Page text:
Forming most of the province of Asturias on Spain’s Atlantic coastline, visitors to the Costa Verde (Green Coast) would be forgiven for thinking they were in Ireland or the west coast of France so similar is the beautiful landscape.
The area, including Galicia, Cantabria and part of the Basque Country is referred to as Green Spain, and green it certainly is with the backdrop of the Cantabrian Mountains giving way to rolling hills and valleys where in places the forests reach all the way to the Atlantic coast, making a dramatic contrast between the wild grey ocean and lush green countryside.
The Costa Verde Climate
Determined by the winds sweeping in from the Atlantic Ocean that bring with them moisture which is bolstered by the mountains, Costa Verde’s climate is one of the mildest in Europe and with average summer temperatures of 20 Celsius, is a superb destination for visitors who enjoy the Spanish lifestyle and gastronomy but are not fond of the rather extreme heat that bakes the plains and coastal areas in much of the countries southern regions.
Add to this the fantastic scenery of the countryside and mountains, and you can see why the area is also favoured by outdoor enthusiasts, hikers and rock climbers.
Popular Towns & Cities On The Costa Verde
The largest city on the Costa Verde and also in the autonomous community of Asturias is Gijón, locally referred to as Xixón. Lying in the Bay of Biscay, the city is home to a busy shipping port, vibrant recreational port, good road network and is served by the Gijón Railway Station.
Visitors seeking a bit of culture can enjoy an abundance of museums and libraries, historic buildings and monuments, and a number of cultural events that take place throughout the year, including the popular International Film Festival. The headland of Cimavilla boasts some interesting buildings, parks and plazas and separates the city’s two main beaches of Playa de Poniente and Playa de San Lorenzo.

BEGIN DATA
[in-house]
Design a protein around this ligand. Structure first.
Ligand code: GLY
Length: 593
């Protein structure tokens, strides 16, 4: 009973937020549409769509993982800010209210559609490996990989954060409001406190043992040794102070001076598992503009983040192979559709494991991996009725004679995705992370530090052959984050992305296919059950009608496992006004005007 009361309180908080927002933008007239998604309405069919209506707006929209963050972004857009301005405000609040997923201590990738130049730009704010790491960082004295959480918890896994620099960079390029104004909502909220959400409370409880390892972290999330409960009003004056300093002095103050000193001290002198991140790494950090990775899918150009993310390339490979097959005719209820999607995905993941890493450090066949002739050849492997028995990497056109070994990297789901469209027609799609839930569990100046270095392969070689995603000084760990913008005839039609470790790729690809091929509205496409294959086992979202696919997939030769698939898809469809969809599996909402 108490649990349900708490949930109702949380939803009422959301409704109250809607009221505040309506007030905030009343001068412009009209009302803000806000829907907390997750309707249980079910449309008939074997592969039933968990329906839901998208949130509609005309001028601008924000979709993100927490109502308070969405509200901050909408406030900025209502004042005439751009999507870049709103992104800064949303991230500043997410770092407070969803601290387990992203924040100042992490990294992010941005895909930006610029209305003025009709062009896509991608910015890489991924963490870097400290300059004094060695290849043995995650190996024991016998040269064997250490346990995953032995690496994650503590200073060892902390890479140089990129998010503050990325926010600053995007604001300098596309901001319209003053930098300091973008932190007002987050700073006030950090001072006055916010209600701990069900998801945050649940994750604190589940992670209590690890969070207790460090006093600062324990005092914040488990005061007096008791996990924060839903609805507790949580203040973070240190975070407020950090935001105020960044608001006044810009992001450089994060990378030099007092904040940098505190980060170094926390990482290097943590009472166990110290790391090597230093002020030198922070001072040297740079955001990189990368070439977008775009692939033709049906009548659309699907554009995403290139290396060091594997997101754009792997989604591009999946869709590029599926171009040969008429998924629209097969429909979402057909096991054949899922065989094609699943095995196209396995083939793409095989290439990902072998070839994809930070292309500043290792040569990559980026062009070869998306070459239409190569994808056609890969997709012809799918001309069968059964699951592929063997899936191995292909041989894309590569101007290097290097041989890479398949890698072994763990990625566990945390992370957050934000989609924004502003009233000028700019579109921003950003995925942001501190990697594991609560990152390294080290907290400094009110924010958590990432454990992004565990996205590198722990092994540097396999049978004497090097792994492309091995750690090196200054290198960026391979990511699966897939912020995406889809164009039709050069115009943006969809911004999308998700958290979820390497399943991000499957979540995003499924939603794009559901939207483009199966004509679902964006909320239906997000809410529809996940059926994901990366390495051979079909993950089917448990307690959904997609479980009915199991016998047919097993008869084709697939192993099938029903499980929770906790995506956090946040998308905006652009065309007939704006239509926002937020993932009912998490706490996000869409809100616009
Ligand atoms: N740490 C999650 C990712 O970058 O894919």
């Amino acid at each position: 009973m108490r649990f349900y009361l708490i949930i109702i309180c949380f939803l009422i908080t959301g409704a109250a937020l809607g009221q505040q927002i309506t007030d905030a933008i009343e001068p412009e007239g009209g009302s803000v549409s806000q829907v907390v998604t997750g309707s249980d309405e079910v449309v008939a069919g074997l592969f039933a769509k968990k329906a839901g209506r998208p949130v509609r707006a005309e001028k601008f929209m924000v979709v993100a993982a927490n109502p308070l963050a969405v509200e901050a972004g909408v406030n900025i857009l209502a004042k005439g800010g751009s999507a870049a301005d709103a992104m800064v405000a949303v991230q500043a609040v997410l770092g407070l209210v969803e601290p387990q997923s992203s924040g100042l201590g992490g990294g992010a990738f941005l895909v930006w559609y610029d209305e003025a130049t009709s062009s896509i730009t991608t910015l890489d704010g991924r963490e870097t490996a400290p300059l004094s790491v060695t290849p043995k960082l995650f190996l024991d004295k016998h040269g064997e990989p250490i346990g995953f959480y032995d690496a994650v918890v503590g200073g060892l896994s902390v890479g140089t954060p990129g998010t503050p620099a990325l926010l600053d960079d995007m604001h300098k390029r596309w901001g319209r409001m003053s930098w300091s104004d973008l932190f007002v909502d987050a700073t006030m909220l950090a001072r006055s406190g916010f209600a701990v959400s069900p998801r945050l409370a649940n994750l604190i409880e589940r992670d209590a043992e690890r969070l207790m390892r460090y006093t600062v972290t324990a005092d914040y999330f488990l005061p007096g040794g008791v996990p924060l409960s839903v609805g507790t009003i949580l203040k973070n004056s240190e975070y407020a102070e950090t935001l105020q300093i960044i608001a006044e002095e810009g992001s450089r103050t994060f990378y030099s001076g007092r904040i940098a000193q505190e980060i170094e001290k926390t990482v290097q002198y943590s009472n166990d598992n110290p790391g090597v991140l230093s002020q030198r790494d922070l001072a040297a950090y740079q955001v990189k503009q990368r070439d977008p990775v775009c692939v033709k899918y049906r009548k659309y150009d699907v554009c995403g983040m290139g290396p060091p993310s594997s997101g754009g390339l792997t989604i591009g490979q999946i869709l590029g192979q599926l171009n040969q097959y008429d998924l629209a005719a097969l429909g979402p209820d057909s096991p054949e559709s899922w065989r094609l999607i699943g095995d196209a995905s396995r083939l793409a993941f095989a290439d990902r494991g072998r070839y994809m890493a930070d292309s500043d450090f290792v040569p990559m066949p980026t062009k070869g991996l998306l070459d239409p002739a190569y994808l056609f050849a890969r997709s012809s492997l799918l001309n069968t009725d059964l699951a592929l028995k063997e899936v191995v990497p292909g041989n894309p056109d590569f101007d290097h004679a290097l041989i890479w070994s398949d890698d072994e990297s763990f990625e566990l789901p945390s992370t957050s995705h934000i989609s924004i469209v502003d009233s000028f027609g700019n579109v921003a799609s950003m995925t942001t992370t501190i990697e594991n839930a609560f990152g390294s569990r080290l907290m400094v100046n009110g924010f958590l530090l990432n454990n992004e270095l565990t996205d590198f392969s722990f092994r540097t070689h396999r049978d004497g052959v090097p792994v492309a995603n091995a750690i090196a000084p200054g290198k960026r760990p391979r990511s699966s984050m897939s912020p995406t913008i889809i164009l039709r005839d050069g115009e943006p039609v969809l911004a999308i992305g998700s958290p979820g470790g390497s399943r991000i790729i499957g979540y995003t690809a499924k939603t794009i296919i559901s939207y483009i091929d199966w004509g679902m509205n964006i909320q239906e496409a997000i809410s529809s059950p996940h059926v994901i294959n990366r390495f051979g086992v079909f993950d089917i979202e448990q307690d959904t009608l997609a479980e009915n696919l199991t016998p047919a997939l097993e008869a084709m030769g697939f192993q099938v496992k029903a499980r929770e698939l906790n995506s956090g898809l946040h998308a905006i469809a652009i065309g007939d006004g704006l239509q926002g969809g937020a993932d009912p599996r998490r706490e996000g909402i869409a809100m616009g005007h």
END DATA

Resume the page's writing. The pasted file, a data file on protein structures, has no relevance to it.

Picos de Europa & Llanes
With the stunning backdrop of the Picos de Europa mountain range (picture above) and beautiful surrounding countryside, the charming town of Llanes is one of the most popular tourist destinations on the Costa Verde. It boasts a busy fishing port, picturesque marina and two main beaches & within the town which is separated by the Reguera Carrocedo river mouth, creating a lovely setting and offering the chance to try a variety of water sports.
On both sides of the river mouth visitors are spoiled for choice when it comes to wining & dining options, and the superb local seafood of the region features highly on many tapas bar and restaurant menus.
Inland Costa Verde
With its higher than average rainfall and added moisture being blown in from the Atlantic, the inland areas of Costa Verde are wonderfully fertile and abound in a fantastic array of different flora & fauna including an abundance of wild herbs that flavour many dishes of the region.
Boasting crystal clear mountain streams, numerous lakes, and valleys and mountains cloaked in lush green forest, inland Costa Verde is a nature lovers paradise where, with decent camping equipment and a basic knowledge of bush craft and survival, you could blissfully lose yourself for months on end; and I’m sure many an adventurer has.
Stretching for over 300 kilometres, the dramatic Cantabrian Mountain Range forms much of the inland area backing the coast and includes the spectacular Picos de Europa where, at their highest point reach 2,648 metres. Some parts of the coastal range form huge cliffs rising sheer above the sea and other parts are the source of some of Spain’s most important rivers such as the mighty Ebro.
More Spanish Costas
The Costa Verde itself stretches for 345 kilometres and its wonderfully diverse coastline comprises of stunning beaches, rugged cliffs and rocky coves.
Adventure & Activities
The majority of visitors to the area are there for adventure sports such as alpine hiking, rock climbing, mountaineering and even snow skiing in the lofty ski resorts of Manzaneda, Valgrande Pajares and Alto Campoo (picture Above).